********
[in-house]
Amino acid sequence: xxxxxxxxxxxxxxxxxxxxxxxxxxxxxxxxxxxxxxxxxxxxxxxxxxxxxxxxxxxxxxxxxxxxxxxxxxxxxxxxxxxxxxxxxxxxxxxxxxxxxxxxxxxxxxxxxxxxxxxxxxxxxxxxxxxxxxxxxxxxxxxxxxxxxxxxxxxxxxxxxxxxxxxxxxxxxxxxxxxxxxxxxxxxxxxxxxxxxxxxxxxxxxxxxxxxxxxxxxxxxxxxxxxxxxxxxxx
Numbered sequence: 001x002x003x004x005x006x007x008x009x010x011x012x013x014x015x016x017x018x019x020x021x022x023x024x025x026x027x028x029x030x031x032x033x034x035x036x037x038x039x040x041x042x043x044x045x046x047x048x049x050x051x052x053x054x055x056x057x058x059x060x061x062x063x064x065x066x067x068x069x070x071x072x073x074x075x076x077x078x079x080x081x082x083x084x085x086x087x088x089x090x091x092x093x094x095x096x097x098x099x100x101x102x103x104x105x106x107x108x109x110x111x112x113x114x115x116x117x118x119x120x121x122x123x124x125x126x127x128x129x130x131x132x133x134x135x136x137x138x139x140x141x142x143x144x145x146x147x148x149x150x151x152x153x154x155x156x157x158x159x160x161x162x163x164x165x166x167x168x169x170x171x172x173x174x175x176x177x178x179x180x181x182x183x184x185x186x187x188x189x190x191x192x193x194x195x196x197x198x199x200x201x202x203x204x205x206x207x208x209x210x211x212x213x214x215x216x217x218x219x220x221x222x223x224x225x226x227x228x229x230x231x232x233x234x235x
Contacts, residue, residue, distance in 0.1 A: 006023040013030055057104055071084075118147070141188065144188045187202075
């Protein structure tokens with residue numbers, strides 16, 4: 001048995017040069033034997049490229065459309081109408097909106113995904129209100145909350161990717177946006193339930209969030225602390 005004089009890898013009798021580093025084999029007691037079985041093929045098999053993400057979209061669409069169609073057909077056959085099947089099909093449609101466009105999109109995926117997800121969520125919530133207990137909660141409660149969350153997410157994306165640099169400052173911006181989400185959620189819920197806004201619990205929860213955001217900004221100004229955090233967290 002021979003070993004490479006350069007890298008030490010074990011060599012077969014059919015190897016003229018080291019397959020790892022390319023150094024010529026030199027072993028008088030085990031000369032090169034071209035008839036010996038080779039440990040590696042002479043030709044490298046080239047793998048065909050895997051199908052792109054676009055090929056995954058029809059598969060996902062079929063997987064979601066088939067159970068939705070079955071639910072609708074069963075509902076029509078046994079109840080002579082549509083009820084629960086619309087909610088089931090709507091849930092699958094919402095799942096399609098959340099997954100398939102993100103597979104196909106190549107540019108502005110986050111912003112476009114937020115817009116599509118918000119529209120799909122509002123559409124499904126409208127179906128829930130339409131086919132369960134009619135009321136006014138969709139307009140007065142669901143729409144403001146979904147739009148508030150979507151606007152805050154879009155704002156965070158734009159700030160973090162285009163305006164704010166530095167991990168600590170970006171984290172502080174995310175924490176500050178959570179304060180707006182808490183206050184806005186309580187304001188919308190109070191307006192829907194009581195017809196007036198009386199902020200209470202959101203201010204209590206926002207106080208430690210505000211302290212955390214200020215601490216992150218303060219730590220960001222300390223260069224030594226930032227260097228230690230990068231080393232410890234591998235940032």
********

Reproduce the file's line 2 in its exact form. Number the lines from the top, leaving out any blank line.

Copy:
Amino acid sequence: xxxxxxxxxxxxxxxxxxxxxxxxxxxxxxxxxxxxxxxxxxxxxxxxxxxxxxxxxxxxxxxxxxxxxxxxxxxxxxxxxxxxxxxxxxxxxxxxxxxxxxxxxxxxxxxxxxxxxxxxxxxxxxxxxxxxxxxxxxxxxxxxxxxxxxxxxxxxxxxxxxxxxxxxxxxxxxxxxxxxxxxxxxxxxxxxxxxxxxxxxxxxxxxxxxxxxxxxxxxxxxxxxxxxxxxxxxx